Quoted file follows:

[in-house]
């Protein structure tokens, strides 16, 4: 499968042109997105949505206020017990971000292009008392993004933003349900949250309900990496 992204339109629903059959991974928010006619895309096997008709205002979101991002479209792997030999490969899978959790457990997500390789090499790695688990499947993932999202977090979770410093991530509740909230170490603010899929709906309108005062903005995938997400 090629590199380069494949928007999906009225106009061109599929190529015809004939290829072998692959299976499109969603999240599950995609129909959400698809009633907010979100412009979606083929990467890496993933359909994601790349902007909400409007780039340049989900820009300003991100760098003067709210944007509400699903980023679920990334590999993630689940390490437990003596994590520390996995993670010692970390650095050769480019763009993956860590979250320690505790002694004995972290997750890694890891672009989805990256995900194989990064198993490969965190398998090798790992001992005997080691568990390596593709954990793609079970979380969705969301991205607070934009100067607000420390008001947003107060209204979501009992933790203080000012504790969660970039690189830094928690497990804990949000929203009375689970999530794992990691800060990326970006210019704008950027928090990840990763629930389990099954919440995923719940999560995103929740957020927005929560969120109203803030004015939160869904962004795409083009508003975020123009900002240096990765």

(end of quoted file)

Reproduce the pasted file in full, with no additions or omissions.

[in-house]
């Protein structure tokens, strides 16, 4: 499968042109997105949505206020017990971000292009008392993004933003349900949250309900990496 992204339109629903059959991974928010006619895309096997008709205002979101991002479209792997030999490969899978959790457990997500390789090499790695688990499947993932999202977090979770410093991530509740909230170490603010899929709906309108005062903005995938997400 090629590199380069494949928007999906009225106009061109599929190529015809004939290829072998692959299976499109969603999240599950995609129909959400698809009633907010979100412009979606083929990467890496993933359909994601790349902007909400409007780039340049989900820009300003991100760098003067709210944007509400699903980023679920990334590999993630689940390490437990003596994590520390996995993670010692970390650095050769480019763009993956860590979250320690505790002694004995972290997750890694890891672009989805990256995900194989990064198993490969965190398998090798790992001992005997080691568990390596593709954990793609079970979380969705969301991205607070934009100067607000420390008001947003107060209204979501009992933790203080000012504790969660970039690189830094928690497990804990949000929203009375689970999530794992990691800060990326970006210019704008950027928090990840990763629930389990099954919440995923719940999560995103929740957020927005929560969120109203803030004015939160869904962004795409083009508003975020123009900002240096990765």